Clinical depression goes by many names — depression, “the blues,” biological depression, major depression. But it all refers to the same thing: feeling sad and depressed for weeks or months on end (not just a passing blue mood).
Depression (mood) as defined by Wikipedia
From Wikipedia, the free encyclopedia
“Dejection” and “despair” redirect here. For the poem, see Dejection: An Ode. For other uses of despair, see despair (disambiguation).
Melencolia I (ca. 1514), by Albrecht Dürer
Depression is a state of low mood and aversion to activity that can affect a person’s thoughts, behavior, feelings and sense of well-being. Depressed people may feel sad, anxious, empty, hopeless, worried, helpless, worthless, guilty, irritable, hurt, or restless. They may lose interest in activities that once were pleasurable, experience loss of appetite or overeating, have problems concentrating, remembering details, or making decisions, and may contemplate or attempt suicide. Insomnia, excessive sleeping, fatigue, loss of energy, or aches, pains, or digestive problems that are resistant to treatment may also be present.
Depressed mood is not necessarily a psychiatric disorder. It may be a normal reaction to certain life events, a symptom of some medical conditions, or a side effect of some drugs or medical treatments. Depressed mood is also a primary or associated feature of certain psychiatric syndromes such as clinical depression.
Are you depressed?
If you identify with several of the following signs and symptoms, and they just won’t go away, you may be suffering from clinical depression.
Feelings of helplessness and hopelessness. A bleak outlook—nothing will ever get better and there’s nothing you can do to improve your situation.
Loss of interest in daily activities. No interest in former hobbies, pastimes, social activities, or sex. You’ve lost your ability to feel joy and pleasure.
Appetite or weight changes. Significant weight loss or weight gain—a change of more than 5% of body weight in a month.
Sleep changes. Either insomnia, especially waking in the early hours of the morning, or oversleeping (also known as hypersomnia).
Anger or irritability. Feeling agitated, restless, or even violent. Your tolerance level is low, your temper short, and everything and everyone gets on your nerves.
Loss of energy. Feeling fatigued, sluggish, and physically drained. Your whole body may feel heavy, and even small tasks are exhausting or take longer to complete.
Self-loathing. Strong feelings of worthlessness or guilt. You harshly criticize yourself for perceived faults and mistakes.
Reckless behaviour. You engage in escapist behaviour such as substance abuse, compulsive gambling, reckless driving, or dangerous sports.
Concentration problems. Trouble focusing, making decisions, or remembering things.
Unexplained aches and pains. An increase in physical complaints such as headaches, back pain, aching muscles, and stomach pain.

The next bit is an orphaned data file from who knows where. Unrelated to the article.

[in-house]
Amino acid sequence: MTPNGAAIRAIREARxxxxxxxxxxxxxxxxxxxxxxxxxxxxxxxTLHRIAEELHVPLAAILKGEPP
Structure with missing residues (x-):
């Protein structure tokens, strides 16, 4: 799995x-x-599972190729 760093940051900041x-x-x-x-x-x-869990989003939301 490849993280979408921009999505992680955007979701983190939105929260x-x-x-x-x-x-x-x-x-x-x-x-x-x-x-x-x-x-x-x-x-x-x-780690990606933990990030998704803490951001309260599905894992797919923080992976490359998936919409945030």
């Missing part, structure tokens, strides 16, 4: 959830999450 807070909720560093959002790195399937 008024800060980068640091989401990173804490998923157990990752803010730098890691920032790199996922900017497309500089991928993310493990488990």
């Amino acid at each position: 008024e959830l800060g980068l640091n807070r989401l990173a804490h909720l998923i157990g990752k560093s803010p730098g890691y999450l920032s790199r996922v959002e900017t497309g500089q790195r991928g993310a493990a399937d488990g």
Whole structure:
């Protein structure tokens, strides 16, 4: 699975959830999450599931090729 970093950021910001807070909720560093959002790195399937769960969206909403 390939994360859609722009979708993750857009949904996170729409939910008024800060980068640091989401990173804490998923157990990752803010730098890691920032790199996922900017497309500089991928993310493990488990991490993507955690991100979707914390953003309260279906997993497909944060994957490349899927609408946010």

Negative thoughts. You can’t control your negative thoughts, no matter how much you try
Suicidal thoughts. You have thoughts that life is not worth living (seek help immediately if this is the case)
There are many on-line depression tests. These tests should not replace or substitute a visit to a physician. It is only an indicator. http://www.depressedtest.com A physician will have to rule out other serious medical conditions that may cause similar symptoms.
The main types of depression include:
- Major depression — to be diagnosed with major depression, you must have five or more of the symptoms listed above for at least 2 weeks. Major depression tends to continue for at least 6 months if not treated. (You are said to have minor depression if you have less than five depression symptoms for at least 2 weeks. Minor depression is similar to major depression except it only has two to four symptoms.)
- Atypical depression — occurs in about a third of patients with depression. Symptoms include overeating and oversleeping. You may feel like you are weighed down and get very upset by rejection.
- Dysthymia — a milder form of depression that can last for years, if not treated.
- Postpartum depression — many women feel somewhat down after having a baby, but true postpartum depression is more severe and includes the symptoms of major depression.
- Premenstrual dysphoric disorder (PMDD) — symptoms of depression occur 1 week before your menstrual period and disappear after you menstruate.
- Seasonal affective disorder (SAD) — occurs most often during the fall-winter season and disappears during the spring-summer season. It is most likely due to a lack of sunlight.
- Manic Depression may also alternate with mania (known as manic depression or bipolar disorder).
Factors that can may cause depression include:
- Alcohol or drug abuse
Medical conditions and treatments, such as:
- Certain types of cancer (pancreas, prostate, breast)
- Long-term pain
- Sleeping problems
- Steroid medications – Corticosteroid medications such as prednisone, which people take for diseases such as rheumatoid arthritis or asthma
- Underactive thyroid (hypothyroidism)
- Illegal steroids
- Over the counter appetite suppressants
Stressful life events, such as:
- Abuse or neglect
- Breaking up with a boyfriend or girlfriend
- Certain types of cancer
- Death of a relative or friend
- Divorce, including a parent’s divorce
- Failing a class
- Illness in the family
- Job loss
- Long-term pain
- Social isolation (common cause of depression in the elderly)
Many central nervous system illnesses and injuries can also lead to depression.
- head trauma
- multiple sclerosis